Wishing for the past isn't helping the researchers find a cure, though. Wishing for the past isn't going to keep David out from under the knife, either.

From what I've read recently, there may be hope, and maybe even sooner rather than later. Researchers at the University of Utah have isolated three mutations of the gene responsible for Alport's. If they can figure out a way to shut that damned thing off, it could open the door for gene therapy and a direct treatment. It might even happen in time to help David. They need time. They need information.

They need money.

I worked a lot of hours last week. Today, I got paid. There are things I need, and some things that I want...but nothing that I need or want more than for my best friend to be rid of this illness that could steal him away from me.

I gave half of my paycheck today to the National Kidney Foundation.

There are thousands of Alport's patients all over the world, but selfish me, there's only one I give a damn about. If they don't find the treatment in time, or he can't get a transplant in might as well be the end of the world.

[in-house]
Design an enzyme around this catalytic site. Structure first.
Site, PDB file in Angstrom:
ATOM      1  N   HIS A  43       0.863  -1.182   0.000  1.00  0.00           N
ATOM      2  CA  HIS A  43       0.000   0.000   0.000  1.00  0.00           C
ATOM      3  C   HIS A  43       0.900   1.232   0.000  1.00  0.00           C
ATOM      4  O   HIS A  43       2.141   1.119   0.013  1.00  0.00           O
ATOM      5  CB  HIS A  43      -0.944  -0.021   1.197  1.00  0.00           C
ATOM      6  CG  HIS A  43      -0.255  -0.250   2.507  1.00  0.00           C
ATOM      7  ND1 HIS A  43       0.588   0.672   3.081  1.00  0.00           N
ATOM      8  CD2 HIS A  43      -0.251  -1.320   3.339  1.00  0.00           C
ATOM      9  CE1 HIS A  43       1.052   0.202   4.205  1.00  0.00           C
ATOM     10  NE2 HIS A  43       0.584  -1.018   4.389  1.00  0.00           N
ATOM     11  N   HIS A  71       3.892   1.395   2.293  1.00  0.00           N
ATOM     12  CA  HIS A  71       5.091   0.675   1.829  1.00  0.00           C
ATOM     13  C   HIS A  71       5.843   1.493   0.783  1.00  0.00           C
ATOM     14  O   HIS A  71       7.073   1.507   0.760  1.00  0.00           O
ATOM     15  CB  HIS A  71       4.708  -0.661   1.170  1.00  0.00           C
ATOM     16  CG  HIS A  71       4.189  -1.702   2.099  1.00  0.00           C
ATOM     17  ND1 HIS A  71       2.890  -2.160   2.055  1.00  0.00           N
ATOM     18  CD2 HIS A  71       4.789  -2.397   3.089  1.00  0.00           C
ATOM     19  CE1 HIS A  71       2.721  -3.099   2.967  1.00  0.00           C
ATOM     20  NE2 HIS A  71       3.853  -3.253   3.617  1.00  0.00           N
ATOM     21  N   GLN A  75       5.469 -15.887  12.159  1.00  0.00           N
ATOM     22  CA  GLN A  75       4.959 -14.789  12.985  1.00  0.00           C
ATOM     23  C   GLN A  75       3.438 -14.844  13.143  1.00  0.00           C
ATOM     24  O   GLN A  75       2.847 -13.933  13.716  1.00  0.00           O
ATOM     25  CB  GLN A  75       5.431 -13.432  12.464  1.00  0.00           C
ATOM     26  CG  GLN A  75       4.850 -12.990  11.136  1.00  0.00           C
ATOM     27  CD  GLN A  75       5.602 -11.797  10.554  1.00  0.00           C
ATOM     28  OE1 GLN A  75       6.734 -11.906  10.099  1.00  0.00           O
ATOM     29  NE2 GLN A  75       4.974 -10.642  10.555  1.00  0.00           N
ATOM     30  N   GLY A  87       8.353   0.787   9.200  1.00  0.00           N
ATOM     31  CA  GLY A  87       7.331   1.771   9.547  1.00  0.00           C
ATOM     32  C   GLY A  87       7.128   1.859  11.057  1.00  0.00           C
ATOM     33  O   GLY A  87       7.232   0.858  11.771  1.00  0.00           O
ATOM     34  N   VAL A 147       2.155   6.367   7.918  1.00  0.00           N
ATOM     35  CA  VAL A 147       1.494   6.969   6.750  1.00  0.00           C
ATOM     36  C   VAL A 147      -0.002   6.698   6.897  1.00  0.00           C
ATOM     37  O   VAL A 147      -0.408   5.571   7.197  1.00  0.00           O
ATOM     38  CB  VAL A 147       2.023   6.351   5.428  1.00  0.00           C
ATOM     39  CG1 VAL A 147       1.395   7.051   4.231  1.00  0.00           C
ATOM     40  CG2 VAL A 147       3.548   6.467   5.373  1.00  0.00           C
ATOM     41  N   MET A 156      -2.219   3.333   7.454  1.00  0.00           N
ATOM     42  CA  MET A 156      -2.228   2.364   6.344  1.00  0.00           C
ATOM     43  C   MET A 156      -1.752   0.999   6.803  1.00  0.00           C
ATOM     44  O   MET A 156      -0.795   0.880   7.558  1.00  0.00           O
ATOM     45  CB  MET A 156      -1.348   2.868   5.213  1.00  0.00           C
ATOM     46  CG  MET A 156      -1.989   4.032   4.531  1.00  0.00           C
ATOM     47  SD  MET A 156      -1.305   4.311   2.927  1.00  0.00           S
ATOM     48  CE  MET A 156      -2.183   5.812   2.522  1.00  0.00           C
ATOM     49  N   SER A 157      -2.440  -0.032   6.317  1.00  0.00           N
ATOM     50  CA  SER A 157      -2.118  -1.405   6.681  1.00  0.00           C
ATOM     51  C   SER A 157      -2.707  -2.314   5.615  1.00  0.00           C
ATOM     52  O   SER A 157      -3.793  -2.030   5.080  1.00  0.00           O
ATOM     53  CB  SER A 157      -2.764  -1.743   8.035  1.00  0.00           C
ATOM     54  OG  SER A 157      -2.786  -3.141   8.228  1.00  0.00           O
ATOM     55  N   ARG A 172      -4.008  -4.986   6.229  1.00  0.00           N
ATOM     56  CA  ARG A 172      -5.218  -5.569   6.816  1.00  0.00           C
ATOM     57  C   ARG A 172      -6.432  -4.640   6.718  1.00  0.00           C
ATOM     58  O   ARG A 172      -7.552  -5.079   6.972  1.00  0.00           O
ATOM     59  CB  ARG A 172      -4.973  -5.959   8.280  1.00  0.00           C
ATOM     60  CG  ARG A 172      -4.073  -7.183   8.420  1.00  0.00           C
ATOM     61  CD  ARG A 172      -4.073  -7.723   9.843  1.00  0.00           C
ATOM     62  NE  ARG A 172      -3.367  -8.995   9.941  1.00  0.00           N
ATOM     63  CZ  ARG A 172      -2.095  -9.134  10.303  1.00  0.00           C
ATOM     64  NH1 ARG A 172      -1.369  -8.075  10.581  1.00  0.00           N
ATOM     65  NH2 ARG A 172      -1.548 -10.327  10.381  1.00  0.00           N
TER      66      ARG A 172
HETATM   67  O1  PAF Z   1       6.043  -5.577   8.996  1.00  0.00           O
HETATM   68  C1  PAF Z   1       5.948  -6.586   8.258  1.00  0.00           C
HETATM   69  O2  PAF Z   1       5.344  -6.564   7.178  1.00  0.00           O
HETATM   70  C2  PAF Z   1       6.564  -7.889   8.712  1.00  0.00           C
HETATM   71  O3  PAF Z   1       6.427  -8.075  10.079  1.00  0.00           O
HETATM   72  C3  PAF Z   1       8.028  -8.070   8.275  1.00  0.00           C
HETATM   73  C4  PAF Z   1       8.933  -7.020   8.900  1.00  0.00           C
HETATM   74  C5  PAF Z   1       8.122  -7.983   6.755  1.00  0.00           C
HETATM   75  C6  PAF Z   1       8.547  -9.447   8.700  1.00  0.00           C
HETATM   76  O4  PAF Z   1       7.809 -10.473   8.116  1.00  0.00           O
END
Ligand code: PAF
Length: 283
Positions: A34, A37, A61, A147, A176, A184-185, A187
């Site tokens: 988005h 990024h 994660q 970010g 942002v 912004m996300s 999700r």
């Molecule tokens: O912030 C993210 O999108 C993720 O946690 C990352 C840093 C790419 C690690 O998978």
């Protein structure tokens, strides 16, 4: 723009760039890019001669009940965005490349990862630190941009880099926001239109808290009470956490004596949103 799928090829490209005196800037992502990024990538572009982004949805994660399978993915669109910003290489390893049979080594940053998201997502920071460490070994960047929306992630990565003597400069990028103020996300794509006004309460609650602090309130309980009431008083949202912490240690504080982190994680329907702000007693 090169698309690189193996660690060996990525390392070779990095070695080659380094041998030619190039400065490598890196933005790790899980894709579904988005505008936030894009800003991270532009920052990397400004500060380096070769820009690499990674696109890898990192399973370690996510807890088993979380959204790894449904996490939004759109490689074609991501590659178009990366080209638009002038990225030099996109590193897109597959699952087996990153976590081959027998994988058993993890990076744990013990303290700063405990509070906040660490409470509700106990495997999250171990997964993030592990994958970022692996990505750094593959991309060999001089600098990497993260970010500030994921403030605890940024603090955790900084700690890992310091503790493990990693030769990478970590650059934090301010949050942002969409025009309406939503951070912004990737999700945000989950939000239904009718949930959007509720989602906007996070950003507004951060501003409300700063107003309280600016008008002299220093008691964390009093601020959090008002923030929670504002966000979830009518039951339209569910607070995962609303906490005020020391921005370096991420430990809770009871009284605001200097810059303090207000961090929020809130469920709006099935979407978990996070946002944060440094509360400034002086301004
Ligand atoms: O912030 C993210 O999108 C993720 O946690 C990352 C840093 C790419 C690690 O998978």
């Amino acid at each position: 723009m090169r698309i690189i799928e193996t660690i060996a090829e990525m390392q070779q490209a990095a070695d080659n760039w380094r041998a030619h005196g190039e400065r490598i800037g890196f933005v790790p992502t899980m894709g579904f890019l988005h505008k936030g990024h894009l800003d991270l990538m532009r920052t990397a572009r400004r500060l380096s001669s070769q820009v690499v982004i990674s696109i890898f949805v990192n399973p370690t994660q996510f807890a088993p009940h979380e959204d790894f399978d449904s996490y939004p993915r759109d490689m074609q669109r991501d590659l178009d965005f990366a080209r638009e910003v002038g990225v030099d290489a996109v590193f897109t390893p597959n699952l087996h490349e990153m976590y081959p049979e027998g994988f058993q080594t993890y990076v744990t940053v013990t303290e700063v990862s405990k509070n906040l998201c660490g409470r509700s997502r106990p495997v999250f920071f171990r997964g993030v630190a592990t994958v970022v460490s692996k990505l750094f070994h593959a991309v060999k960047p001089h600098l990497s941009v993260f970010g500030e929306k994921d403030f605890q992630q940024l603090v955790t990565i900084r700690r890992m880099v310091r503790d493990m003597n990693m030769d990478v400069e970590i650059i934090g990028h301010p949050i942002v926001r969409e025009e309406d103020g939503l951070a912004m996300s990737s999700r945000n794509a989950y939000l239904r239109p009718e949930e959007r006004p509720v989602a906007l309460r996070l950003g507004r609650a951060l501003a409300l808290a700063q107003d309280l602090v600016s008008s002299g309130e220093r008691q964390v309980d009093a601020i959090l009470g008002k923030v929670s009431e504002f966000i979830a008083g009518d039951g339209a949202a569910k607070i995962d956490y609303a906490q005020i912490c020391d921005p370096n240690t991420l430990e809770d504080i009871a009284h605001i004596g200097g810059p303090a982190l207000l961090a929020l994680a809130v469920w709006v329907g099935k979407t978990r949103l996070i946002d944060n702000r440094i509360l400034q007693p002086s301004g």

I found out about Blog-A-Thon too late to blog for The National Kidney Foundation this year, so instead, I'll offer this: make a donation to the NKF in David's honor, then ask me to write about something. Ask me to tell you a story. Ask me for recipes. Ask me to tell your future. Ask me to sing you a song of stars or paint you a picture of sun-kissed tears.

Just...before you try to hold off the end of the world. Even if it's only for one day.

That's why I'm here this year. That entry is the real beginning of this wild ride that has been Blogathon 2005, that steamy summer day when my life was crashing down around my head and I was on the outs with the one person I knew could help me feel better.

Some things...they're just worth digging in, hanging on, and fighting for. A friend who won't laugh at your jammies and will stick by you even after you've both screamed your guts out at each other? Hell yeah.